The Help by Kathryn Stockett is currently near the top of the best seller lists. It’s a delightful novel about the relationships between African-American maids and their white employers in the early 1960s in Jackson, Mississippi.
The civil rights movement was just about to take off. And while we all remember the soaring rhetoric from the movement’s leaders, we never heard from the workaday domestics who cleaned the houses, cooked the meals and raised the children of their white employers. These women suffered unbelievable indignities and abuse without ever letting on. Now, in The Help they are given a voice in their own clandestine book exposing the good, bad and ugly of 1960s Mississippi.
The novel features three narrators: two black housekeepers, Aibileen and Minny, who work for white families, and Skeeter, who is white and a recent journalism graduate from Ole Miss who wants to be a writer. Skeeter is not a racist, but is initially naïve and patronizing.
She takes a job with the local paper writing a household advice column— not her forte, and has to rely on her white friends’ maids, Aibileen and Minny, to answer readers’ questions.
When Skeeter’s best friend, the Junior League president, tries to pass a law barring the help from using the toilets in their employers’ houses, she decides to write a book in which the maids anonymously talk about their work experiences and the racism of the society.
The maids’ stories about their employers are both positive and negative, but most are negative. The stories strongly reflect the narrow-mindedness and bigotry of the society. The positive ones talk about how some whites take good care of their maids and farm hands, look after their health and even their childrens’ higher education, yet still within a very paternalistic “separate but equal” environment. There is never true acceptance or a feeling of equality between blacks and whites. The novel has much to do with the drawing of invisible lines and the meager attempts at erasing them.
Skeeter begins to recognize the many lines running throughout the community—not only between blacks and whites, but also between whites. This results in her gradually becoming an outsider in white female society and also ends her budding romance with the son of a Mississippi senator. The interracial friendships carry a great risk both for Skeeter and the maids. Racial beatings and murders are sprinkled throughout the book to remind the reader of the terrible reality of that time and place.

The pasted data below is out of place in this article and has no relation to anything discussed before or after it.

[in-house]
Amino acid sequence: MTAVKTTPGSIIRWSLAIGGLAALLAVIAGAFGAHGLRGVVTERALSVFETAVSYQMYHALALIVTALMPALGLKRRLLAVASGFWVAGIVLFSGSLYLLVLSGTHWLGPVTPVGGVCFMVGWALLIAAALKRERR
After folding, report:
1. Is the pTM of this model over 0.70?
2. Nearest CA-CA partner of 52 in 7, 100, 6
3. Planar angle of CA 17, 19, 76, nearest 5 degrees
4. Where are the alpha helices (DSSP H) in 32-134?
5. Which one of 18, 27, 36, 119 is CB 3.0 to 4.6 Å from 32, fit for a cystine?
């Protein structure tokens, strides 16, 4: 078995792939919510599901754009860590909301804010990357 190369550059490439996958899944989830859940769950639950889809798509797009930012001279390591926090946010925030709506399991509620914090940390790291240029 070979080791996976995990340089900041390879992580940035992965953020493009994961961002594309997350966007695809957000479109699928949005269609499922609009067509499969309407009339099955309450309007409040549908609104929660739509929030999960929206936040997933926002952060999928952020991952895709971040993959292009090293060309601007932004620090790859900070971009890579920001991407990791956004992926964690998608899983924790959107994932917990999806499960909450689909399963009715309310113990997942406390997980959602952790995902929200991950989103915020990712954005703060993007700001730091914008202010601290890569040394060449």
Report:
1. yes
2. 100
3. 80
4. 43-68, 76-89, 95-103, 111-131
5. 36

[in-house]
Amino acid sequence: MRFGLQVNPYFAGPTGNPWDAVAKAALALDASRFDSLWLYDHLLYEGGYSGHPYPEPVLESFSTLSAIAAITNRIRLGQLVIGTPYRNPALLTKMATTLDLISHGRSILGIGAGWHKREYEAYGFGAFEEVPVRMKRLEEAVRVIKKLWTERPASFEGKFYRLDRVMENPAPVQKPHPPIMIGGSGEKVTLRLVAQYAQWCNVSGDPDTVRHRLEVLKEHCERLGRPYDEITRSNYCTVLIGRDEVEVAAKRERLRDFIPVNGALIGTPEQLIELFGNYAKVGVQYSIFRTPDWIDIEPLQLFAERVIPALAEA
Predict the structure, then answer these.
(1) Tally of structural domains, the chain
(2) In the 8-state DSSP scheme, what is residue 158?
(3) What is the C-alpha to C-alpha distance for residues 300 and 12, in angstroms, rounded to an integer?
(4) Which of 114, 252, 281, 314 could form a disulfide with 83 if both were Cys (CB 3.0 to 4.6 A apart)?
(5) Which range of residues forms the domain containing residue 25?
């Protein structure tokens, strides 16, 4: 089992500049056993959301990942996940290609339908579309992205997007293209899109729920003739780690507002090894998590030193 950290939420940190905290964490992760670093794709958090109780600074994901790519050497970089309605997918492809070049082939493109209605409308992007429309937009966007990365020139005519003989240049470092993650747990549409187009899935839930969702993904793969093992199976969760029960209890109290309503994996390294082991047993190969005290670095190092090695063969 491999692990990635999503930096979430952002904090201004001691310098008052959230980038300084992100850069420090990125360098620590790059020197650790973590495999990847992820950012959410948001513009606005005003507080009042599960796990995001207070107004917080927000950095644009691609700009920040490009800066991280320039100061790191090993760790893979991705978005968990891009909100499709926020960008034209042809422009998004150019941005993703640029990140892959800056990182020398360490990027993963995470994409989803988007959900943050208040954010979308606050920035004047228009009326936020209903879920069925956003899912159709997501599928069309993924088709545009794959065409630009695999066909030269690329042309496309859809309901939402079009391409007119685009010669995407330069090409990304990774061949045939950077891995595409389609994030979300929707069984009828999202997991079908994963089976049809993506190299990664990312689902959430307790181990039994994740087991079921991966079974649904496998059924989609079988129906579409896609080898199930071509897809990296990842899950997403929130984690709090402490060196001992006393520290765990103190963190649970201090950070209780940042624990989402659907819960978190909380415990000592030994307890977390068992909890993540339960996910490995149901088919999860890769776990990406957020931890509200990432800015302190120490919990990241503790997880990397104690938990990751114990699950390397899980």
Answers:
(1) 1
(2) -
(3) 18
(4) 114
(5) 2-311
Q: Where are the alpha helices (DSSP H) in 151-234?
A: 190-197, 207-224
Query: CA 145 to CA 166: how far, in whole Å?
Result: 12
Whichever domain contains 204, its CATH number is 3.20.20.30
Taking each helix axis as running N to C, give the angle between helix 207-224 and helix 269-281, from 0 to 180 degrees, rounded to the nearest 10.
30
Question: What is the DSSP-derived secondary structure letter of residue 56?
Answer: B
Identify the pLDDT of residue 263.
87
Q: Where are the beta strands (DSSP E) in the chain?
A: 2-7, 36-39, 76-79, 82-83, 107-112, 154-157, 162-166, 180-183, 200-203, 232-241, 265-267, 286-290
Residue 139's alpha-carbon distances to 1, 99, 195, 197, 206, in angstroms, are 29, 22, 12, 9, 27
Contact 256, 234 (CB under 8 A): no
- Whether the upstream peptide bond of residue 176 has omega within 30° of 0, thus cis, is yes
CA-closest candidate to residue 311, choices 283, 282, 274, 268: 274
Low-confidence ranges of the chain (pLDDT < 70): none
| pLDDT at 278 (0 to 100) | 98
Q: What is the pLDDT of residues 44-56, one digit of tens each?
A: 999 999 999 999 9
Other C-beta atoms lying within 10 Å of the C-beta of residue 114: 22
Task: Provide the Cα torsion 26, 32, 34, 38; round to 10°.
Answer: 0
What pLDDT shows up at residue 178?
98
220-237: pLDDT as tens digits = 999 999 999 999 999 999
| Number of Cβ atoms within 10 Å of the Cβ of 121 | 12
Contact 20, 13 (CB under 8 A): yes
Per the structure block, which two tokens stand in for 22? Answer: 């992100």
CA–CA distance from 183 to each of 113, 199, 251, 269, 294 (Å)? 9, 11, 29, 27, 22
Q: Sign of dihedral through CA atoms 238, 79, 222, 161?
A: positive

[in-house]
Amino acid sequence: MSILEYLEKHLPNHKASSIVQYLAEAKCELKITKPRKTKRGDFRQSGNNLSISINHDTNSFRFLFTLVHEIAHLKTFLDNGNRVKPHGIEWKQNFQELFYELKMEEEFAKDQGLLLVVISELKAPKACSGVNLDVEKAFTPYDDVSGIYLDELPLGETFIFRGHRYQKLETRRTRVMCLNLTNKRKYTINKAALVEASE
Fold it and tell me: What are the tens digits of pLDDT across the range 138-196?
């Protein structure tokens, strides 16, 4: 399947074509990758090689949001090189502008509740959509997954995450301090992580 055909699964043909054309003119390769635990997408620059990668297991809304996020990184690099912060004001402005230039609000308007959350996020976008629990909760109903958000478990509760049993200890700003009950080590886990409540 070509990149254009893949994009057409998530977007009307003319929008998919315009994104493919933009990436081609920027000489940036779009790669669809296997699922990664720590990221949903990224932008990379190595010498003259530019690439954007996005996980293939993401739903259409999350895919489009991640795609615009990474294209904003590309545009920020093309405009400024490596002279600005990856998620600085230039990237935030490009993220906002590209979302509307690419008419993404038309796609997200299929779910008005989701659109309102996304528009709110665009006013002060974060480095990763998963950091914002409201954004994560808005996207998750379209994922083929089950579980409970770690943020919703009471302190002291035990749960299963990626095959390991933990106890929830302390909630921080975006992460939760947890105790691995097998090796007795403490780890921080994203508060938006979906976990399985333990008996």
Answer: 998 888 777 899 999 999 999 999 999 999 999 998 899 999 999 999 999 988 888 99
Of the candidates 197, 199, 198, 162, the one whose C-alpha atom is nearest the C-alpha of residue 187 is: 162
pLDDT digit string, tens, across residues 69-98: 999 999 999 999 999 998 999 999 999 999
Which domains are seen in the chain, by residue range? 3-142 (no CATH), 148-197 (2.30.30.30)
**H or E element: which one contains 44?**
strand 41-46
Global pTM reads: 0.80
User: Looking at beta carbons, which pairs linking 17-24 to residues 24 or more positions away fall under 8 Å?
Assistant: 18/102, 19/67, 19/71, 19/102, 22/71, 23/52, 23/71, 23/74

The author creates a group of stereotypical characters: the cunning, bigoted Junior League president, the sexy “white trash” woman who marries into Jackson society but is excluded from it, the cake-eating, cigarette-smoking pretentious women of the League who ironically run a fundraiser for the “Poor Starving Children in Africa,” yet ignore and abuse the poor African-Americans and their children in their midst.
But all of this is done with a light touch and a sense of humor that lifts the novel when it could be too serious and depressing. One of the most humorous subplots occurs when a maid known as the best cook in town, Minny (perhaps the most blunt, outspoken black woman in Mississippi), pulls off what she calls “The Terrible Awful” trick on the Junior League president. Reading it one can only howl with appreciative laughter.
The book then ends abruptly. The lives of the three moderators are impacted by a major event for the better, which allows them to start a life freed from the constricting lines of Jackson. Skeeter is offered a job at a magazine in New York. Aibileen gets Skeeter’s old advice column job at the Jackson newspaper and Minny and her children finally leave her abusive husband to move closer to the family she works for who has guaranteed her a “job for life.”
How will their lives progress? We don’t know. It might be nice if the author is planning to tell us in a sequel.